It’s been a year since I made an entry here. Have I been too busy? Well, yes and no.
HBO (now Max) postponed the airing of Season Two of “The Gilded Age” from April to a tentative date in September, and now will air for sure starting on October 29th. The series was ready at the turn of the year. Whether there will be a Season Three depends on audience/subscriber figures, which will only become evident to Warner Media after several episodes have been streamed. It will be available on MAX in the US and Sky Atlantic and NOW in the UK. The first season is now on DVD.
So do your best to see it and tell your friends so that the saga of the Brooks and Russell houses can continue.
The WGA and SAG-AFTRA strikes have seriously affected productions, as intended, but it now looks, following the Writers settling, that the actors will be back to work sooner rather than later.
One casualty so far has been our filming “Trouble in Mind”, the play by Alice Childress, that ran on Broadway at The Roundabout in the fall of 2021. I played a senile Irish doorman with ace colleagues such as LaChanze and Chuck Cooper. Charles Randolph Wright is determined to go ahead as soon as he can, with the original theatre cast, and our fingers are crossed for that.
Before the strike, I did an (uncredited) Winston Churchill voice-over as a chatbot for Season 4 Episode 9 of CBS TV’s “Evil”.
In early July I recorded “Misbelief”, the latest book by Dan Ariely, the eminent behavioral scientist, for whom I’ve been a long-term reader. It will be released on Harper Audio.
In September, I performed an audio version for Alison Larkin Presents of Agatha Christie’s “The Murder of Roger Ackroyd.” It was my first crack at Hercule Poirot – who has already been represented by a procession of fine actors – and I relished the challenge.
In February I finally visited my elder brother Chris in Whakatane, New Zealand. He emigrated there in 1965. We’ve seen each other in other parts of the world, but it was my first in-person trip. Air New Zealand inaugurated non-stop flights from New York last September, so the time was certainly right. My trip was accompanied by Cyclone Gabrielle which devastated the Hawkes Bay area to the East of North Island, coming on the heels of the wettest summer on record. There was record flooding, an earthquake or two off-shore, and a tornado near the airport. Somehow I was always in a different part of the country and avoided it all, as did, I’m thankful to report, my brother’s family. At his request, I gave a talk to the Edgcumbe Lions on “Behind the Scenes of The Gilded Age”. A surprising number in the audience had seen it, and we had a good evening, even though the beer was judged distinctly below par. Perhaps the flood water had seeped into the barrel…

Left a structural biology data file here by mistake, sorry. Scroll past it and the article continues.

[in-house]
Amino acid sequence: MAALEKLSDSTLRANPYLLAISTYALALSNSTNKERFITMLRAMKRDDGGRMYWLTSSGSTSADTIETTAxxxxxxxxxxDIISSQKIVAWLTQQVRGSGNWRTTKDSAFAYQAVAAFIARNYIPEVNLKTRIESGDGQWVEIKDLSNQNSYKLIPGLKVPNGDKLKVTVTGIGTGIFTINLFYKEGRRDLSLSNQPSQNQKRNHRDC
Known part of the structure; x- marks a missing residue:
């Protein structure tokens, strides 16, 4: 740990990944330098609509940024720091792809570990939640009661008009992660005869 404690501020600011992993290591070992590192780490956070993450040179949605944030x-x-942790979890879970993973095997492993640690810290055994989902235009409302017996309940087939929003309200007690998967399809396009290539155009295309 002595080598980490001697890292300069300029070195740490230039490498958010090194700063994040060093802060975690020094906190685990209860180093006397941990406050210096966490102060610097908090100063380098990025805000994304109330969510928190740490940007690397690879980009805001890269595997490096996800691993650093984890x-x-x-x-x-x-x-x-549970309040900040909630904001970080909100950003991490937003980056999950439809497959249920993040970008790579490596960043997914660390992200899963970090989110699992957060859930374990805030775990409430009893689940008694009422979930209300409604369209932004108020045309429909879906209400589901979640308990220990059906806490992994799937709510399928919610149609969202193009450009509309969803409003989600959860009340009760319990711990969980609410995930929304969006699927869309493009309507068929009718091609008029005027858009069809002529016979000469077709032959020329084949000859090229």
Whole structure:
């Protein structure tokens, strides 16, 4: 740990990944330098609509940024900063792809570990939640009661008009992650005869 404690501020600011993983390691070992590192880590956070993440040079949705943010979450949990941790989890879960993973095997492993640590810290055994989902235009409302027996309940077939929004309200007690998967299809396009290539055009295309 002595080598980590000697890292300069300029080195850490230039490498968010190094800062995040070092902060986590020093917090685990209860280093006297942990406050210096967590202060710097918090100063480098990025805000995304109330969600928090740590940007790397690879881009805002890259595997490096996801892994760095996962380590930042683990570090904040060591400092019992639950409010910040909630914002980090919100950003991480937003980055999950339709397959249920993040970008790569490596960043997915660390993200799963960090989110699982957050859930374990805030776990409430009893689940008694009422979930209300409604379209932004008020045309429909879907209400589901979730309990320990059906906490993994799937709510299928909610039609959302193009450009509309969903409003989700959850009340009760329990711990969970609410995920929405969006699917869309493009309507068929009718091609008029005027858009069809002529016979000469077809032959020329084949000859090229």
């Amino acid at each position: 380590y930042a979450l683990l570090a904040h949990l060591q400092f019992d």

In May, I answered the call for Jury service and after a day in the holding room at New York Civil Court, was found, along with my companions, to be surplus to requirements, and dismissed for another four years.
June 20th was named “Simon Jones Day” by AudioFile Magazine in their Salute to Golden Voices.
In May I was the auctioneer for The Coffee House Club’s first annual auction since the pandemic, and surprisingly raised ten thousand dollars from thirty-five people.
To mark the end of his tenure, I was glad to be the reader for the Last Maundy Thursday Service at Marble Collegiate Church presided over by retiring Musical Director and good friend Kenneth Dake. I wish him a fruitful change of gear/career.